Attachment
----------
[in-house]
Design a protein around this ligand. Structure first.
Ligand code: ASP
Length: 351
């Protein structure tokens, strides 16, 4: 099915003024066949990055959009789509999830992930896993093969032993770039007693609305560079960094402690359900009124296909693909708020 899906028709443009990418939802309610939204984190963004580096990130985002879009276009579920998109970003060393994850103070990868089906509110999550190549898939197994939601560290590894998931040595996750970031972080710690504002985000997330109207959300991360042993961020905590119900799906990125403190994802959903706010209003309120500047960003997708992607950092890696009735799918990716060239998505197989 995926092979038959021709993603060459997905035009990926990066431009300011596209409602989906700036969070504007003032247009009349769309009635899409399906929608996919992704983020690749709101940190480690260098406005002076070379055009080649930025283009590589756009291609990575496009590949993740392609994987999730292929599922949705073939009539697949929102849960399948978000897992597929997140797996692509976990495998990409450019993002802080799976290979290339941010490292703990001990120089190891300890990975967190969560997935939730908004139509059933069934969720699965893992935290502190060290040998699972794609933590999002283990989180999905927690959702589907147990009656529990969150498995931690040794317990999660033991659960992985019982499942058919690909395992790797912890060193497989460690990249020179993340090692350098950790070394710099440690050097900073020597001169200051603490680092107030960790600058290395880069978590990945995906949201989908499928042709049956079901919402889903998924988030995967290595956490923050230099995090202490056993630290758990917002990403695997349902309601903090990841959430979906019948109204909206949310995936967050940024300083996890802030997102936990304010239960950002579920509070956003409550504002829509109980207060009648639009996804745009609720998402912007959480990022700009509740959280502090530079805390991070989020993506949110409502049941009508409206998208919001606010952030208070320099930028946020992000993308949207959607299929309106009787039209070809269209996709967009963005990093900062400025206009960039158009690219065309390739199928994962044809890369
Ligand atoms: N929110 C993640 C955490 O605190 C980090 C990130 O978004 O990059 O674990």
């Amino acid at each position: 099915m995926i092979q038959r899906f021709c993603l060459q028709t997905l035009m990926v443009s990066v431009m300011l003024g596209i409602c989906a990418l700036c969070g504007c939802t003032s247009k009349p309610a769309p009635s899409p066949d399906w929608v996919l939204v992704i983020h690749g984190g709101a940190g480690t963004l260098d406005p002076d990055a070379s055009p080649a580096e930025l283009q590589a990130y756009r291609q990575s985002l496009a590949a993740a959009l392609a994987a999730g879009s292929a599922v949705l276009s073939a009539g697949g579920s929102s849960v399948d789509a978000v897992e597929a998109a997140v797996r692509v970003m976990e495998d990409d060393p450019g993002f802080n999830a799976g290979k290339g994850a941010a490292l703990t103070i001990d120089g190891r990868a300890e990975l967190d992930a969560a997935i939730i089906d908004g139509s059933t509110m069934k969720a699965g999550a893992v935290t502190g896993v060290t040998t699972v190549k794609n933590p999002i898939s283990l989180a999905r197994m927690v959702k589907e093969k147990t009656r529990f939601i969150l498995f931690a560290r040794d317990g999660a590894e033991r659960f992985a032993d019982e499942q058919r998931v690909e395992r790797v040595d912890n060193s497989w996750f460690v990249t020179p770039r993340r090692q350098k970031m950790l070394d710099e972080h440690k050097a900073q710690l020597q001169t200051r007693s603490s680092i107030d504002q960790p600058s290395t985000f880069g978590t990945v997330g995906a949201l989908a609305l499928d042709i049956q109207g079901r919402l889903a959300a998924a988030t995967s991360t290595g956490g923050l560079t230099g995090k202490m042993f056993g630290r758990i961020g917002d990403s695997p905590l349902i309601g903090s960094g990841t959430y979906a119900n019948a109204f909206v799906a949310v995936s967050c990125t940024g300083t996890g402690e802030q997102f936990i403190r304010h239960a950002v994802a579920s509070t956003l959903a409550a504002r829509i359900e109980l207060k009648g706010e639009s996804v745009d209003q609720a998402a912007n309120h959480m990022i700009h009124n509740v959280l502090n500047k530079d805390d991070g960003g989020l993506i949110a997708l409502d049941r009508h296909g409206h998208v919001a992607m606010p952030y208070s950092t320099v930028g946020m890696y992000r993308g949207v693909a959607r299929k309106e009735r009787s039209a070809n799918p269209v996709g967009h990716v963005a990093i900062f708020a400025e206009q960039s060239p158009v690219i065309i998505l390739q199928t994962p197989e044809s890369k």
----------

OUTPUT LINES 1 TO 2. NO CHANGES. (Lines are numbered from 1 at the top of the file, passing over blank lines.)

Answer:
[in-house]
Design a protein around this ligand. Structure first.